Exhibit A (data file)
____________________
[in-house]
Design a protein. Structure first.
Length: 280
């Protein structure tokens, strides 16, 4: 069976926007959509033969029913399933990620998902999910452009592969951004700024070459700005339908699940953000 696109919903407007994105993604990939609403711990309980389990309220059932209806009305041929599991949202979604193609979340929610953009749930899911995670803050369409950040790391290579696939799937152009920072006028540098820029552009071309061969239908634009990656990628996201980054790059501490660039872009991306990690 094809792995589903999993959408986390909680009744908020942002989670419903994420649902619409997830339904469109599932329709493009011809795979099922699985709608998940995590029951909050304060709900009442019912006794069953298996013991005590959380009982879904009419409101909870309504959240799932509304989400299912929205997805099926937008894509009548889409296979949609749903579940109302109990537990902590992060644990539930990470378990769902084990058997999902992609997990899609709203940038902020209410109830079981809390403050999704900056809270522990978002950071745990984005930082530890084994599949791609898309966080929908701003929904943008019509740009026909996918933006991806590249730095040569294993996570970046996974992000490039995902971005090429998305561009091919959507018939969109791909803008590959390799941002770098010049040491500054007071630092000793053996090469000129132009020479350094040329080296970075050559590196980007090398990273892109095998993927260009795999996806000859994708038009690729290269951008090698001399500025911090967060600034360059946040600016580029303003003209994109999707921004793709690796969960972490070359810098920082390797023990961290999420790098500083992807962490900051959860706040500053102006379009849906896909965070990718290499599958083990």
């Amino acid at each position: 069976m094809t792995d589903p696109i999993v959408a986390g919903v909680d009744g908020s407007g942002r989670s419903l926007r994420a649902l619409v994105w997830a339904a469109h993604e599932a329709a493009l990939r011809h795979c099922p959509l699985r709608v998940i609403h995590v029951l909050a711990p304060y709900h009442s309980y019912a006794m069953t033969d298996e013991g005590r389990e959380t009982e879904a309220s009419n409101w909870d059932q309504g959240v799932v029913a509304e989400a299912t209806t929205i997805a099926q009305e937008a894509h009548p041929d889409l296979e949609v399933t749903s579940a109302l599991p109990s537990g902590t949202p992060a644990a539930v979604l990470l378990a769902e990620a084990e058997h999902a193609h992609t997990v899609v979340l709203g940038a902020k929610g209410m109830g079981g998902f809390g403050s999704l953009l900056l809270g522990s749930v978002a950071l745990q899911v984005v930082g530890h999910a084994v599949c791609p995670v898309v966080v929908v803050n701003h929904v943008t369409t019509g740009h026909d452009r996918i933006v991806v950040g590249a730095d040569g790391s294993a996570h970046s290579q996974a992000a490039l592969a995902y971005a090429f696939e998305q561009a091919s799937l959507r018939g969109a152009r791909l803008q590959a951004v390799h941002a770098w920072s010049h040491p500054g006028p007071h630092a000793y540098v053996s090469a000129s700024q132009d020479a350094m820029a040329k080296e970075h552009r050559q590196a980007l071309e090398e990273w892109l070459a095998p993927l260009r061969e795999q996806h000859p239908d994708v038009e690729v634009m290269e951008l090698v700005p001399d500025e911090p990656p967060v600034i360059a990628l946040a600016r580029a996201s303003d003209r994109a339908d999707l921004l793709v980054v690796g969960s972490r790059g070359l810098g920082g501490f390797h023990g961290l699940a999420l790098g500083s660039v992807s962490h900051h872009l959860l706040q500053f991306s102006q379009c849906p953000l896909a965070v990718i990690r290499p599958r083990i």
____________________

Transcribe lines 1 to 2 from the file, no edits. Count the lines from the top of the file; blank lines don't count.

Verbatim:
[in-house]
Design a protein. Structure first.